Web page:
What is so great about gulp.js?

If you have been keeping up with the latest tools in web-development, you've probably heard that gulp.js is poised to take the throne from Grunt.js as the world's favorite automated task-runner.

While some complain about the onslaught of new tools that basically do the same things as tools that seem to be working okay, I have to say that gulp is worth looking into.

Wait, what does it do?

Okay, maybe you aren't using Grunt.js right now, and you aren't really sure what exactly these task-runners do.

In short, you specify a bunch of things that you want to happen to a bunch of files and the task-runner makes it happen in the background without you having to think about it again. The types of things I use them for include:

  • convert jade files to html and minified html
  • convert stylus files to CSS and minified CSS
  • apply the incredible autoprefixer plugin to the compiled CSS
  • convert javascript files to uglified javascript
  • run jshint on javascript files on save

What does gulp do better than Grunt?

The first thing is subjective, but for me, it's much easier to use. Rather than specifying configuration in an object in a Grunt.js file, you use Node.js streams and simply pipe the data through various plugins. Each of these plugins performs only one task and they can be chained together in any way that you can imagine. Especially, if you have any Node.js experience, piping data will seem much more intuitive than setting configuration objects in Grunt.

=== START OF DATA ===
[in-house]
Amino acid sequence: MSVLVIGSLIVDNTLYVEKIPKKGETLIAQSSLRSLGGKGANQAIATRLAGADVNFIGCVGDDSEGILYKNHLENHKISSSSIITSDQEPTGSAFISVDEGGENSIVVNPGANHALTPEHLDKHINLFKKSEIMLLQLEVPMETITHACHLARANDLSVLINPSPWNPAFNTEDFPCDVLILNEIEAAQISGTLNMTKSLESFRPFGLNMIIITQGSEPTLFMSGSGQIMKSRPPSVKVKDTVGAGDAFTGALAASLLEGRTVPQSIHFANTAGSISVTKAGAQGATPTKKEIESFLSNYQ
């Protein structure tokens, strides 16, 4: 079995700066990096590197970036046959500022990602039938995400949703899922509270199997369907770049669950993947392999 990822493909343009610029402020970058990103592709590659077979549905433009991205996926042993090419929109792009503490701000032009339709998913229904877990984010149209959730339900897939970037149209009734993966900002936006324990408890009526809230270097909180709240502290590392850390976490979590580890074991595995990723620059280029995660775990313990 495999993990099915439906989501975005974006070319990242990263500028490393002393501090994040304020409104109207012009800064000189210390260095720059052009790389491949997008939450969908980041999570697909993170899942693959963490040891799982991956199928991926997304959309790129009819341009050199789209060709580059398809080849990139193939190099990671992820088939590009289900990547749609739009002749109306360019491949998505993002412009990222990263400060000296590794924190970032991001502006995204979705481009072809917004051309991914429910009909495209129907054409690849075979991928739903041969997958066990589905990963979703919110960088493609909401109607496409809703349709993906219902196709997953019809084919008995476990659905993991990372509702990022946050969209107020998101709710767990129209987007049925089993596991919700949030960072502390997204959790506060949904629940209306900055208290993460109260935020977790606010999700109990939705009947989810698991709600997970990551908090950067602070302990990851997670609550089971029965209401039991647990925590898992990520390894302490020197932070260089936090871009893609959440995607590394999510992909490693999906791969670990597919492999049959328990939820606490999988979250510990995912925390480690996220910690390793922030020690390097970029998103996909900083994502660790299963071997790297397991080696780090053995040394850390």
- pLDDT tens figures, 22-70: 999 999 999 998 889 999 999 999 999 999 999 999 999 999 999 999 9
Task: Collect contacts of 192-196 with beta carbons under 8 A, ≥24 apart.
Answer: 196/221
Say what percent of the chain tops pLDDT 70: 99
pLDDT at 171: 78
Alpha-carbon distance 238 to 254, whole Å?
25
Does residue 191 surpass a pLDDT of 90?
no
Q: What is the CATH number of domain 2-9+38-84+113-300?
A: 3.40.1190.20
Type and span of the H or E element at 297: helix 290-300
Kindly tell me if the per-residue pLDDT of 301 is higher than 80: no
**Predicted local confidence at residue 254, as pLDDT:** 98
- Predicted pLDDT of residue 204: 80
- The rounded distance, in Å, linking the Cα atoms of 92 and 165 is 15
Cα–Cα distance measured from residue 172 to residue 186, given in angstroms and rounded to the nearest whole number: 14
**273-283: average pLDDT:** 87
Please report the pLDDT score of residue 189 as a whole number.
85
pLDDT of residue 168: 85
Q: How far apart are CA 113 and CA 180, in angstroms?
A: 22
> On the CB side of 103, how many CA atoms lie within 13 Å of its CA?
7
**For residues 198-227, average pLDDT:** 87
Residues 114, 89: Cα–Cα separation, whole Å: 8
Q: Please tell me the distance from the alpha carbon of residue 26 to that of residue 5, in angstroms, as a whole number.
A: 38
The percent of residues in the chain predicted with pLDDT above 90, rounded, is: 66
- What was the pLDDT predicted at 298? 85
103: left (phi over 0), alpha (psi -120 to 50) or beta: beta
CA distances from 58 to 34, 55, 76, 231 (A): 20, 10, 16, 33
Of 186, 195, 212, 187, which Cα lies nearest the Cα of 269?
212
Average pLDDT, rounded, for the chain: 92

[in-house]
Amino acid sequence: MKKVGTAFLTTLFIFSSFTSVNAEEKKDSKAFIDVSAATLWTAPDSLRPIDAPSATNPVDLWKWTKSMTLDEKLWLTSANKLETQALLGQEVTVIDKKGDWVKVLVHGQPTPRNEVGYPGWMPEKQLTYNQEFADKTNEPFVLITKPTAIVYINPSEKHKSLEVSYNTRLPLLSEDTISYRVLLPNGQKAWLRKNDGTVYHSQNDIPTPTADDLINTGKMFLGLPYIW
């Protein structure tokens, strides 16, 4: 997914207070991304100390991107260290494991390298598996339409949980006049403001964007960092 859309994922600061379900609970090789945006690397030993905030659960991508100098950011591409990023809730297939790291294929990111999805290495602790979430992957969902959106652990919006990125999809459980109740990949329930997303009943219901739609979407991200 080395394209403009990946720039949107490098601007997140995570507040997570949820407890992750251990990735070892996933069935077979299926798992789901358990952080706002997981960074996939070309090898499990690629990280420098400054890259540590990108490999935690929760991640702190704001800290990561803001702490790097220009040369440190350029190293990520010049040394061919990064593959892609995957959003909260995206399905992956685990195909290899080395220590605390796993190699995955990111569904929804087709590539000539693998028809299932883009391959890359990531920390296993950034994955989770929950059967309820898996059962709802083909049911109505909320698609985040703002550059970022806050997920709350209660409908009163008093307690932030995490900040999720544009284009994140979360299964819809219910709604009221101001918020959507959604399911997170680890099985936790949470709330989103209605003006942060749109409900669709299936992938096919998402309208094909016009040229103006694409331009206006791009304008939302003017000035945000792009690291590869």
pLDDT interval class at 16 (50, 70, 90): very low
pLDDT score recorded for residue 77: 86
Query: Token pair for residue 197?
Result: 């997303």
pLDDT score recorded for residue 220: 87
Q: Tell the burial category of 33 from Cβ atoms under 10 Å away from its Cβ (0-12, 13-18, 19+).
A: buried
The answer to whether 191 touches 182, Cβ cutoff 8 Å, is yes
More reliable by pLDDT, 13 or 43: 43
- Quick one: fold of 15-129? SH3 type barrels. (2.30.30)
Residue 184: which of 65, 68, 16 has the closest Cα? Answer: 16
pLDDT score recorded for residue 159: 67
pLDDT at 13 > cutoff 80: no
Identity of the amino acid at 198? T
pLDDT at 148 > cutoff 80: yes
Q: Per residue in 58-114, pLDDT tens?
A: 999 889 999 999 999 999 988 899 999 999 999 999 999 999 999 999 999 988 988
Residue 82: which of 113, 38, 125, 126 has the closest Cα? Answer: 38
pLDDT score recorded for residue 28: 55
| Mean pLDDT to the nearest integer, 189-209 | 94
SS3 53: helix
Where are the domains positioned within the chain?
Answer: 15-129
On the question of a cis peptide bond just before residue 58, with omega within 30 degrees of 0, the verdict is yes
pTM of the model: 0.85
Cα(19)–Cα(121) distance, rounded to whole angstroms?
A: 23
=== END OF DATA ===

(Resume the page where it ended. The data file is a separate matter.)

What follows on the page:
The second thing is not so subjective. It's significantly faster than Grunt. In many cases, it is orders of magnitute faster.

Here is why:

Let's say that you want to perform 7 different transformations on a file before writing another file. With Grunt, each plugin will write to a temporary file that the next plugin will process. Hitting the file system for each transformation is expensive.

Now let's say that you want to perform the same tasks using gulp. Now we're using Node.js streams, so the data is kept in RAM as it's passed from one plugin to the next until it finally writes to the output file.

I've personally seen a large-scale app's build time go from 3.5 seconds using Grunt to less than one second by switching the build processes to gulp.js.

How do I get started?

Head on over to gulpjs.com and check out the examples. It's pretty easy to get started. Just for kicks, I made a project template and my first gulp file, so this could give you some ideas, as well:

my gulp file